Separate evidence-based guidelines developed and revised during the past 8 years by the US Preventive Services Task Force, a consortium of medical and surgical gastrointestinal (GI) societies, and by the American Cancer Society, all strongly recommend that physicians screen their patients over the age of 50 years for colorectal cancer (Pigone et al, 2002; Winawer et al, 2003; Smith et al, 2001). The guidelines also recommend that before beginning screening, each patient first should be examined for any special risks of col-orectal cancer that might indicate the need for more intense examination and surveillance, rather than the use of standard screening meant for asymptomatic, average-risk individuals. If a screening test is positive, appropriate diagnostic evaluation and treatment of detected neoplasia is essential. If screening is negative, repeat screening should be arranged appropriately for the method used. This chapter will include the advantages and disadvantages of current screening options. I will also present my preferred methods to accomplish these objectives and discuss the reasons for their selection from the menu of options contained in the guidelines.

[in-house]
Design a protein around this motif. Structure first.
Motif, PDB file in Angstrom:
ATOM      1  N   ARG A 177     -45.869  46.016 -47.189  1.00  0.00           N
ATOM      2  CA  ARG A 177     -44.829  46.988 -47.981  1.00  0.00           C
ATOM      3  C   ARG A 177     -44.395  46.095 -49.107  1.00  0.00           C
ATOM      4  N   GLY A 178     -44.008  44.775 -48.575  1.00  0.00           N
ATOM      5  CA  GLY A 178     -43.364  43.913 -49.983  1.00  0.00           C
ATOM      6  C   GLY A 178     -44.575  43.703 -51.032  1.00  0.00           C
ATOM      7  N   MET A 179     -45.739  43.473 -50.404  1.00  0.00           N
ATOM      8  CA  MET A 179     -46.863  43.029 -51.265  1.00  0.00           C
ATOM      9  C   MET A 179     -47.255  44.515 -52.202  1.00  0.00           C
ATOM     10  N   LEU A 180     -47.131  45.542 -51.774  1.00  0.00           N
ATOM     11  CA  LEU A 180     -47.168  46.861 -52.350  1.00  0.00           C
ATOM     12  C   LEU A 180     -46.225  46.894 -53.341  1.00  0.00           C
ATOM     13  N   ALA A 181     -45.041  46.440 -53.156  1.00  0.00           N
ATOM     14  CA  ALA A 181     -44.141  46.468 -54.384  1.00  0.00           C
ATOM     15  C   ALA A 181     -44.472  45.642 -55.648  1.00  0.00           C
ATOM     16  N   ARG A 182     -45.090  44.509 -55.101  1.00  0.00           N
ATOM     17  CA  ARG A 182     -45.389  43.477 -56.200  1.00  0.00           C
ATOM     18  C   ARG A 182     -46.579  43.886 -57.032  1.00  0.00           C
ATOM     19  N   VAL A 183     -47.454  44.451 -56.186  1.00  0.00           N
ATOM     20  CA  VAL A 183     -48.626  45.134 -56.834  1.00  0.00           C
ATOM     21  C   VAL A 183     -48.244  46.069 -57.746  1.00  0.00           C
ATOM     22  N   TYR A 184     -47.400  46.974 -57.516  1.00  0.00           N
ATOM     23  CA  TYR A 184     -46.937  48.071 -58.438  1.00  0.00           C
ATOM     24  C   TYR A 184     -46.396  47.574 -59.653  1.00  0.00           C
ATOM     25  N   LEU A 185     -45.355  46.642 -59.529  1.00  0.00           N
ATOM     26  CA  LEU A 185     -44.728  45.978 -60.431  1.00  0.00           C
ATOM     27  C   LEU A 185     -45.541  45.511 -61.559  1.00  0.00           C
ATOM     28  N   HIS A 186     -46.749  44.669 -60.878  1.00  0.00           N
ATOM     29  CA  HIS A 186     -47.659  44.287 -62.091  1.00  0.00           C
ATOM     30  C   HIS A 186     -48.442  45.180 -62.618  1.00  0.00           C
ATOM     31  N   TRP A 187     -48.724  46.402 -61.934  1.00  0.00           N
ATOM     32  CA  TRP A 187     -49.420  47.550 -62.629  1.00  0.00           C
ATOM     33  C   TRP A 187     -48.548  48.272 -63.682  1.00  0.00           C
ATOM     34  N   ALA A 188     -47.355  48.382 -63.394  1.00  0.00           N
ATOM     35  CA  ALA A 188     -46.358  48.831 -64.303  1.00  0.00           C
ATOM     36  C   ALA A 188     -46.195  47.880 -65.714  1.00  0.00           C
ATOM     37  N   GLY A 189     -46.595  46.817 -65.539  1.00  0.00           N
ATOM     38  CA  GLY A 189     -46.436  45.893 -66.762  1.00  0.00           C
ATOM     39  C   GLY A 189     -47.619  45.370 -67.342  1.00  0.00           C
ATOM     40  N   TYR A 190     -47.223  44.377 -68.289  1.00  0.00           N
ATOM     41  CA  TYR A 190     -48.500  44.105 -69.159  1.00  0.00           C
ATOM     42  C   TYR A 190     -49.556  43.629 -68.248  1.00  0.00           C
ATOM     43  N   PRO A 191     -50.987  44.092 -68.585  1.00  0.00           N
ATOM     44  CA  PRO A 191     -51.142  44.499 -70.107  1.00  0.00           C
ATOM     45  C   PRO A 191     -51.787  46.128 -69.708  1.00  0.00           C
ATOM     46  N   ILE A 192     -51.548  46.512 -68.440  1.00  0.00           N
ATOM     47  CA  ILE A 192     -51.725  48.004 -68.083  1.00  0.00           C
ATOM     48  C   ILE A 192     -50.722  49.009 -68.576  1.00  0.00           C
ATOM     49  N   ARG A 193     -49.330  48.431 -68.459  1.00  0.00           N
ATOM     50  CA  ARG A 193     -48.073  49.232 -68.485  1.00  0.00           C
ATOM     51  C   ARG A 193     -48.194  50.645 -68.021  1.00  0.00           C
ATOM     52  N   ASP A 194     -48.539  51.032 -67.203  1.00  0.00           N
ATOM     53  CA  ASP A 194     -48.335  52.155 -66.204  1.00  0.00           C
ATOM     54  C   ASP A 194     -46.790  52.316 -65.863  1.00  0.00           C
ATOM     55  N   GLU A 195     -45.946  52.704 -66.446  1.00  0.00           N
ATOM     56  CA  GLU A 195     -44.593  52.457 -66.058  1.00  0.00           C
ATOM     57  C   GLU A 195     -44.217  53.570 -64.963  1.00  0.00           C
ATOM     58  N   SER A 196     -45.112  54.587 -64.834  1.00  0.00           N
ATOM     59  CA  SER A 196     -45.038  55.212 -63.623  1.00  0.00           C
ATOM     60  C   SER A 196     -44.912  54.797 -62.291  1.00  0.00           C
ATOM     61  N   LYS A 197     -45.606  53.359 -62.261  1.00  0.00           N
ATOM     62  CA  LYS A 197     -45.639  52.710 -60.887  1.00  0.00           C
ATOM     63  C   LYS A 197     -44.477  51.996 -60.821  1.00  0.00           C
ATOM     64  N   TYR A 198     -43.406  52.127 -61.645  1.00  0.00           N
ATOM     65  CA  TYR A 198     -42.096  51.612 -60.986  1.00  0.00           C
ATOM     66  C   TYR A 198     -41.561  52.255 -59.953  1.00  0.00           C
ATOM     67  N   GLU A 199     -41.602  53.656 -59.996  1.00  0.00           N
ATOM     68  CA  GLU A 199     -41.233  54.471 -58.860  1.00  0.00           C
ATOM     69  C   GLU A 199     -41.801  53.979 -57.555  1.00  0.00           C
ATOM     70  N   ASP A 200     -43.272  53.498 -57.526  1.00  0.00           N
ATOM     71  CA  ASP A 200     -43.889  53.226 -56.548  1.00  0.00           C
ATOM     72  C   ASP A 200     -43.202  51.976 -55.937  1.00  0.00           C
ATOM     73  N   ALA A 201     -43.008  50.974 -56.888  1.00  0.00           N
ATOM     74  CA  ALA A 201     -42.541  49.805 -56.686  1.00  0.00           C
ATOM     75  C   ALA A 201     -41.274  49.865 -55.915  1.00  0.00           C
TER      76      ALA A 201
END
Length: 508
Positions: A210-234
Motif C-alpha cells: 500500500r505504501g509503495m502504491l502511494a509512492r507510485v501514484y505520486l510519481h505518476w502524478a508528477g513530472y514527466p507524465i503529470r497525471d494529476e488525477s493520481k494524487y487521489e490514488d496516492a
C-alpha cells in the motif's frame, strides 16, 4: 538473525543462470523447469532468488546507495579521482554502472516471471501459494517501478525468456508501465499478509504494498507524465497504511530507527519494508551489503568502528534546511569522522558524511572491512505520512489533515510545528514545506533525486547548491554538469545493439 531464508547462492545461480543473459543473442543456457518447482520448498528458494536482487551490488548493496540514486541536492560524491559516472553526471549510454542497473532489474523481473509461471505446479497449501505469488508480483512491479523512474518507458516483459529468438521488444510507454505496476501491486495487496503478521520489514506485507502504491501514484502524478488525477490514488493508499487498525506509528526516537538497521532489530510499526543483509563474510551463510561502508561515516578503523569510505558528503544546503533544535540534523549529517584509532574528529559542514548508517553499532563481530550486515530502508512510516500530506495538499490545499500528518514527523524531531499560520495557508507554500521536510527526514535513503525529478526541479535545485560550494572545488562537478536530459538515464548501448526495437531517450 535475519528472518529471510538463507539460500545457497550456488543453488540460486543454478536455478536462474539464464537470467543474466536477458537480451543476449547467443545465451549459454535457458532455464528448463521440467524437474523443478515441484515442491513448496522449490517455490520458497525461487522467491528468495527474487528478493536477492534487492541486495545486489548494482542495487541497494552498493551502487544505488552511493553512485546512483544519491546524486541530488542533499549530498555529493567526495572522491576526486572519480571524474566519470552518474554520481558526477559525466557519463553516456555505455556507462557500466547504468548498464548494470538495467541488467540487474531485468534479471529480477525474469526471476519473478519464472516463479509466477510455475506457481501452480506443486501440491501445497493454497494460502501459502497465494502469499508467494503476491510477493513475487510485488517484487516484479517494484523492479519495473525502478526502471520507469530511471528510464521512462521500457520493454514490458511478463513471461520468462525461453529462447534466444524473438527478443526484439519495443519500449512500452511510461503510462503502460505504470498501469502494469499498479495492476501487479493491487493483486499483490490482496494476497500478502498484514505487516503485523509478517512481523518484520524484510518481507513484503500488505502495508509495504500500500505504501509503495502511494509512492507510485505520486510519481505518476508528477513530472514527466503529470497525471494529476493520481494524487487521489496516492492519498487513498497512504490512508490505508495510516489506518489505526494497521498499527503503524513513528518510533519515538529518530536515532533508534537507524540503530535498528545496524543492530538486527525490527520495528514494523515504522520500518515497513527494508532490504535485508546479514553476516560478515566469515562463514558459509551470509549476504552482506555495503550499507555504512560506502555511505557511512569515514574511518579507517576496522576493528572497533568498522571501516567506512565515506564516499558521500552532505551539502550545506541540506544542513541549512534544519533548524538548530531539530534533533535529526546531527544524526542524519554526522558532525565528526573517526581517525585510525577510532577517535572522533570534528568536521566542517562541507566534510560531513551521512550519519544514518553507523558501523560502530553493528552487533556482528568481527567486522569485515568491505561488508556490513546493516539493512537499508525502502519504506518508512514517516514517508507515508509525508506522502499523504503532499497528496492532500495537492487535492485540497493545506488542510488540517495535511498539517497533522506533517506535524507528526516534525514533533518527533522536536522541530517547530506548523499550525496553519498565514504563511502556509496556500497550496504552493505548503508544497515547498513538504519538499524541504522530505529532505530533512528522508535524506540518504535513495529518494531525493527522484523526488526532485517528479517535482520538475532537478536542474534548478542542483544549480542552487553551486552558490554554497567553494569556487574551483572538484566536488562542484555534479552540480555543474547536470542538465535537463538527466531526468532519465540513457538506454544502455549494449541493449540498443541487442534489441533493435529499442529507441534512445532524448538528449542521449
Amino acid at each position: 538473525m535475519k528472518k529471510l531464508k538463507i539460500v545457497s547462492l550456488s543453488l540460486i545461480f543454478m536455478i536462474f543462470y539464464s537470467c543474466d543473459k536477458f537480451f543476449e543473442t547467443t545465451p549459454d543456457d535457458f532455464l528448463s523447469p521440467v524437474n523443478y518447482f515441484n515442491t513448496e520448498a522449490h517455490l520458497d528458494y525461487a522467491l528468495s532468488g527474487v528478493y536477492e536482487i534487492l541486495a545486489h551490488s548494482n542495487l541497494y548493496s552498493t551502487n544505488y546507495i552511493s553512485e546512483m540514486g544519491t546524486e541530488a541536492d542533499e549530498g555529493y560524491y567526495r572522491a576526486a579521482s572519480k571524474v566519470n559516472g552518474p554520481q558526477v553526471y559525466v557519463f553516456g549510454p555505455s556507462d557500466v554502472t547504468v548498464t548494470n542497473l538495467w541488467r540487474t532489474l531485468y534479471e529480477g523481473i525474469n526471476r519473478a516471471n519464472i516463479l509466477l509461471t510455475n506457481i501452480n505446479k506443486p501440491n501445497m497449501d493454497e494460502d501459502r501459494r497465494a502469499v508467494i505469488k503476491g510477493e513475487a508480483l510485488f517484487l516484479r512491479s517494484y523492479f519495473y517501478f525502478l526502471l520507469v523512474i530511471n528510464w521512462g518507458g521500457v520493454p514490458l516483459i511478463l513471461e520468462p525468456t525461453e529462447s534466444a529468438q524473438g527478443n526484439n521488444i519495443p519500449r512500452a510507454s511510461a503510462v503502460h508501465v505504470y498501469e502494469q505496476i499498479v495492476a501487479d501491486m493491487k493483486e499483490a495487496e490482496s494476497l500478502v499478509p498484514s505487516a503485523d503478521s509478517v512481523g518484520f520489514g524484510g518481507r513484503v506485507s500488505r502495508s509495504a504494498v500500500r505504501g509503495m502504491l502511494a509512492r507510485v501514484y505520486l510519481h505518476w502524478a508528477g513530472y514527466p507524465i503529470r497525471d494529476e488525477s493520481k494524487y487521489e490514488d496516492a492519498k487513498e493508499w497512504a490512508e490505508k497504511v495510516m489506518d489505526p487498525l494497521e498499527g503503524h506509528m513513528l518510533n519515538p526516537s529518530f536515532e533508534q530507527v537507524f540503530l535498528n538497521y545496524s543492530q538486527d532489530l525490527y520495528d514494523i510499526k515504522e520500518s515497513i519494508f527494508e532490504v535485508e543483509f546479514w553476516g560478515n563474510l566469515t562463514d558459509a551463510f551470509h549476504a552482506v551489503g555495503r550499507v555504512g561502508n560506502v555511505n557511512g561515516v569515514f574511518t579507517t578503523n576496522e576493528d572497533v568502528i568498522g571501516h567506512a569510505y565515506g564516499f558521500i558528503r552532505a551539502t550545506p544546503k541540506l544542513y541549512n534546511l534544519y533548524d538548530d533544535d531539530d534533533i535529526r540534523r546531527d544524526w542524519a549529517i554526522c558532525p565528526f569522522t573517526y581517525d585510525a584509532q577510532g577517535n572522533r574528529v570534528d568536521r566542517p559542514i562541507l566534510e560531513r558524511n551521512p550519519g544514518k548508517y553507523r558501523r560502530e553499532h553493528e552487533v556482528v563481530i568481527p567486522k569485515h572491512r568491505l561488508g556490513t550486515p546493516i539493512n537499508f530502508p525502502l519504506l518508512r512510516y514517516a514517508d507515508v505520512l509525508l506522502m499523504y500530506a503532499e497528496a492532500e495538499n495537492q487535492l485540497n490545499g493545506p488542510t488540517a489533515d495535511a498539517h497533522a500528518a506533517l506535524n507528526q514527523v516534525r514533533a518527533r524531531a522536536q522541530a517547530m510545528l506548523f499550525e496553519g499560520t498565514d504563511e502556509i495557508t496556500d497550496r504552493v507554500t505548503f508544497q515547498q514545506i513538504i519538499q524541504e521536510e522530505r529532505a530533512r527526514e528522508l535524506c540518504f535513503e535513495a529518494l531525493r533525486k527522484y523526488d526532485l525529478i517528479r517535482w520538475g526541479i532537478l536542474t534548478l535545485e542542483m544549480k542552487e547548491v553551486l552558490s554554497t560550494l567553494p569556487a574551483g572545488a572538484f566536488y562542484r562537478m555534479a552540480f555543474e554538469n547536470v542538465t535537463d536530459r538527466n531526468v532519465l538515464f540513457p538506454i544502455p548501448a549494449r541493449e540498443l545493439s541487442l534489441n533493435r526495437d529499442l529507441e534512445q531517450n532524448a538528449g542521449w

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Did you ever think feeling angry and irritable could be a symptom of constipation? A horrible fullness and pressing sharp pains against the bladders can’t help but affect your mood. Sometimes you just want everyone to leave you alone and sleep to escape the pain. It is virtually impossible to be constipated and keep a sunny disposition. Follow the steps in this guide to alleviate constipation and lead a happier healthy life.